Am I sounding harsh? I mean to be harsh, because those are just a fraction of problems I had with this novel. I do not mean to invalidate Sonia Patel’s voice- not at all, but as someone who is from a culture almost identical to Indian culture, I found the author’s portrayal problematic and one-dimensional. It lacked any sort of nuance whatsoever. Indian culture- how barbaric and backward, where men see women as property, where women are constantly and commonly oppressed. This exists. This exists in South Asian societies- the patriarchy is alive and thriving, and it’s a sad fact that needs to be addressed, explored and annihilated. But damn, there was such little nuance in the cultural elements of this book. The ‘good’ things were Bollywood, jalebis and clothes- the superficial things that give India the label of “exotic” to the Westerner, but deep down, this novel believes that India is archaic. It’s just another projection of a stigma. I repeat: I am aware that these things exist, but to reduce a massive, ancient culture to its most primitive form is horrendous. Not to mention that this is done throughout the novel, and then this line pops up during a love scene between Rani and a white dude:

“He becomes the European conqueror, fully exploring his South Asian conquest.”

Perhaps I’m missing something, but that is highly offensive considering it was said in an un-ironic, this-is-supposed-to-be-romantic kinda way. What the fuck?

And wait up! There’s more! For a novel that’s supposed to uplift women suffering from trauma, abuse, misogyny and the shackles of ‘oppressive cultures,’ this book does one hell of a good job driving women into the ground- without consequence, I may add. There are no healthy female relationships. Rani’s relationship with her mother stems from the oppressive-culture-makes-mother-silent trope, so there’s very little of decent, human interaction between the two. Rani has no female friends- none, whatsoever. The few female interactions that she does have are rooted in jealousy, resentment and anger. She judges women superficially, and constantly refers to one woman as “boob girl” even though she’s never even fucking spoken to this girl, and has made a judgement about her seemingly-fake breasts by looking at her for literally three seconds. Then, she writes a rap that’s supposed to be empowering her by putting down women who have plastic surgeries. Also, are you seriously calling women bimbos and then trying to pass this novel off as feminist? I’m fuming. I’m disgusted.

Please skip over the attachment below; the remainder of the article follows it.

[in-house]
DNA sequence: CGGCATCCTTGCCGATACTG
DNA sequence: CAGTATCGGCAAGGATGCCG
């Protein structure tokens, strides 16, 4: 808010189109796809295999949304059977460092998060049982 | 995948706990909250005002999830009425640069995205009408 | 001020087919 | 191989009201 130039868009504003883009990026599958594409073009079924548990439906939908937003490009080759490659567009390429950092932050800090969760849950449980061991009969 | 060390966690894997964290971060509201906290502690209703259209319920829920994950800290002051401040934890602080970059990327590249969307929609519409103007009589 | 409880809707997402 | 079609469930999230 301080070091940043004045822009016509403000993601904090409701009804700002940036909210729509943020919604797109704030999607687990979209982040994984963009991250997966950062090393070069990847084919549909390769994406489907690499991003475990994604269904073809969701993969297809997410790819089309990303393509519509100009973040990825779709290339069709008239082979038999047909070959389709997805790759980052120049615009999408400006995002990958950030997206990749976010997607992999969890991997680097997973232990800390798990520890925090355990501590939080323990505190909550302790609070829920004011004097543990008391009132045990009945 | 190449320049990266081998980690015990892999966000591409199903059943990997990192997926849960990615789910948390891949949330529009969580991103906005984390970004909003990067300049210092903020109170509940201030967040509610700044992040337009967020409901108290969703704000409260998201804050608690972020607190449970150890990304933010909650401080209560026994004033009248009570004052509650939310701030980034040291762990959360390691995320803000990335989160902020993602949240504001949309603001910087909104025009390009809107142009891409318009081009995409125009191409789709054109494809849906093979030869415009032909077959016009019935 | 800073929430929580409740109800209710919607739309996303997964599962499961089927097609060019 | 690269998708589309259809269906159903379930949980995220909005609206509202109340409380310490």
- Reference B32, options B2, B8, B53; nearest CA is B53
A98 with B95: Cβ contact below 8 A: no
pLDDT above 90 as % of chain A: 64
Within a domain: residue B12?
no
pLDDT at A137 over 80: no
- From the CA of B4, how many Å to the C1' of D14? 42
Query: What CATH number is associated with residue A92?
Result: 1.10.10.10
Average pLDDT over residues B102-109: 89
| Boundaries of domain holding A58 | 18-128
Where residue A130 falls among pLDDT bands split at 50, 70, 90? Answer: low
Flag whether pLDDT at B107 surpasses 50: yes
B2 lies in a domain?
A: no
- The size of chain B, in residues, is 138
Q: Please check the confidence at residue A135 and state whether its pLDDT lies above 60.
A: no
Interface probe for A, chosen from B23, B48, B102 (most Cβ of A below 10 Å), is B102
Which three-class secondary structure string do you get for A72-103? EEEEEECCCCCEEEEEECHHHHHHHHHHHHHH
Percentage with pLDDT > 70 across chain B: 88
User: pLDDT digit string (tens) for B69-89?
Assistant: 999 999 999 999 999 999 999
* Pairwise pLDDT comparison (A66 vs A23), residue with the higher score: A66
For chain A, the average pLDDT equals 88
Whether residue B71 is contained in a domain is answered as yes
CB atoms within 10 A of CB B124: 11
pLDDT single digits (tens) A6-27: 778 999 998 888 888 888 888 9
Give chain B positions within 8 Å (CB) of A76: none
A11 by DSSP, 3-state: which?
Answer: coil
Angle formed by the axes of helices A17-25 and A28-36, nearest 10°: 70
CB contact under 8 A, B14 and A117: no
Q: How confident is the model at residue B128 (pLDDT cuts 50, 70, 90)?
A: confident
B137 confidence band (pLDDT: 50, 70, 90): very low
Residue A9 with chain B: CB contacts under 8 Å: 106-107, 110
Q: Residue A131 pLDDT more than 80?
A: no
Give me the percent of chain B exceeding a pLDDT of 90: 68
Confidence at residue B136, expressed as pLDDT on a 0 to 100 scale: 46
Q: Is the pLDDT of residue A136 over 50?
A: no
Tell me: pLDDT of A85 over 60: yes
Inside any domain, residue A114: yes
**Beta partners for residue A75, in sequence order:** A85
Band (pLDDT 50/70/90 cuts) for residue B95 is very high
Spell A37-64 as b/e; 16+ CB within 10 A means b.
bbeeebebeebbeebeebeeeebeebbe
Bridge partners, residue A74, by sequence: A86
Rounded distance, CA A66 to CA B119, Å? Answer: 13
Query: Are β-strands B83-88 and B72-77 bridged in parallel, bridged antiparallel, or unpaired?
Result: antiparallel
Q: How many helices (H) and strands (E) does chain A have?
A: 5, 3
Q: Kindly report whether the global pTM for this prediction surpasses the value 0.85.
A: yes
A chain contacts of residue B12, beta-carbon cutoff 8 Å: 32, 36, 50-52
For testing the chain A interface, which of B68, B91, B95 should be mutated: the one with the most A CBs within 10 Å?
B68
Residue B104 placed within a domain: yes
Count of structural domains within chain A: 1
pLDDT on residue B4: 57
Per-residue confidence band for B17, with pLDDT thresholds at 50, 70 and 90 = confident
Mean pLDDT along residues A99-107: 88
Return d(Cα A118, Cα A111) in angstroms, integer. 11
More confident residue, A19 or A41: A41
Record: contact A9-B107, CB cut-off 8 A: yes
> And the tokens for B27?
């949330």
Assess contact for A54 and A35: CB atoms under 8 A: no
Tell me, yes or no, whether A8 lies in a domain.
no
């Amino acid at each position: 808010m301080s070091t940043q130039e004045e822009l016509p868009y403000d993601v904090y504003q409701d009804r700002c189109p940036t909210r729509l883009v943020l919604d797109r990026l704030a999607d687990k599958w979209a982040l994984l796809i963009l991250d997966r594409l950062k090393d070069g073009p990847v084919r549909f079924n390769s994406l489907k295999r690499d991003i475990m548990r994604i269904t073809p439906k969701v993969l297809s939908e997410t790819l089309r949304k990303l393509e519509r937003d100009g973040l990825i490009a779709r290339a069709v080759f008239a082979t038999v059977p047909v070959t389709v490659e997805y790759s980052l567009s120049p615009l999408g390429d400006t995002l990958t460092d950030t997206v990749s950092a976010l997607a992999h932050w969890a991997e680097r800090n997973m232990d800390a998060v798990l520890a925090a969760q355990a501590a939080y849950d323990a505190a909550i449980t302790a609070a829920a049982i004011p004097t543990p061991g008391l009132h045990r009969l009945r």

This novel managed to offend me on several different levels, all at the same time. It offended me as someone who’s very passionate about the stigmas surrounding victims of abuse and trauma, as someone who’s culture is almost identical to the one supposedly portrayed in the novel, and as someone who is a woman. The fact that it’s an #ownvoices novel is a cherry-on-top, because what if girls younger than me pick this up because it promises representation, and they then think that this is how they’re supposed to feel? I’m sorry. I wish I could be objective, and I wish I could point out some things this novel did do right, but it’s offensive on such a personal level that it is not within my capabilities to do that.

Stay away. Stay far, far, far away.


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Beast: a beautiful tale of love, loss, acceptance and forgiveness

Beast by Brie Spangler


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Trigger Warning (Highlight below to see)

Transphobia, insensitivity to self-harm, self-harm, mental illness, mild violence


Disclaimers

I am a cisgender female, and thus am obviously not qualified or educated enough to speak about the elements revolving around the trans character in this story. I will try to keep my review focused on the narrative because that’s what I feel I can judge appropriately. 🙂 For a trans woman’s perspective on this book, I found Meredith Russo’s review, which I urge you to check out.

While we’re here, I’d just like to state that I have never reviewed a book with a transgender character before. Although I have read a couple of blog posts about how to review books with trans characters as a cis person, I am aware that my knowledge is incomplete. If you find that I said something potentially problematic, please, please, please let me know.


The Review

beastDylan looks nothing like a fifteen year-old. He’s well over 6 feet tall, his body’s covered with muscle, and as he describes it- he’s hairier than a throw rug. He’s been made fun of his entire life, ever since he hit puberty in the fourth grade. Nicknamed “Sasquatch,” or more commonly, “Beast,” Dylan gets along with his mother well enough, but she can sometimes be overbearing. And more often than not, he wishes his father was alive, or up in the heavens just listening, so he could have someone to relate to. On the worst day of his life when hats and long hair are banned at school, Dylan falls off the roof of his house. Although he insists that he fell while trying to retrieve a football, his mother insists that he go to at least one session of therapy. There, he meets a beautiful girl named Jamie whom he bonds with immediately. Their connection is something special. But when Dylan was wallowing in self-pity and had zoned out during his first therapy session, he missed it when Jamie revealed that she was a trans girl. This shouldn’t change anything, but will it?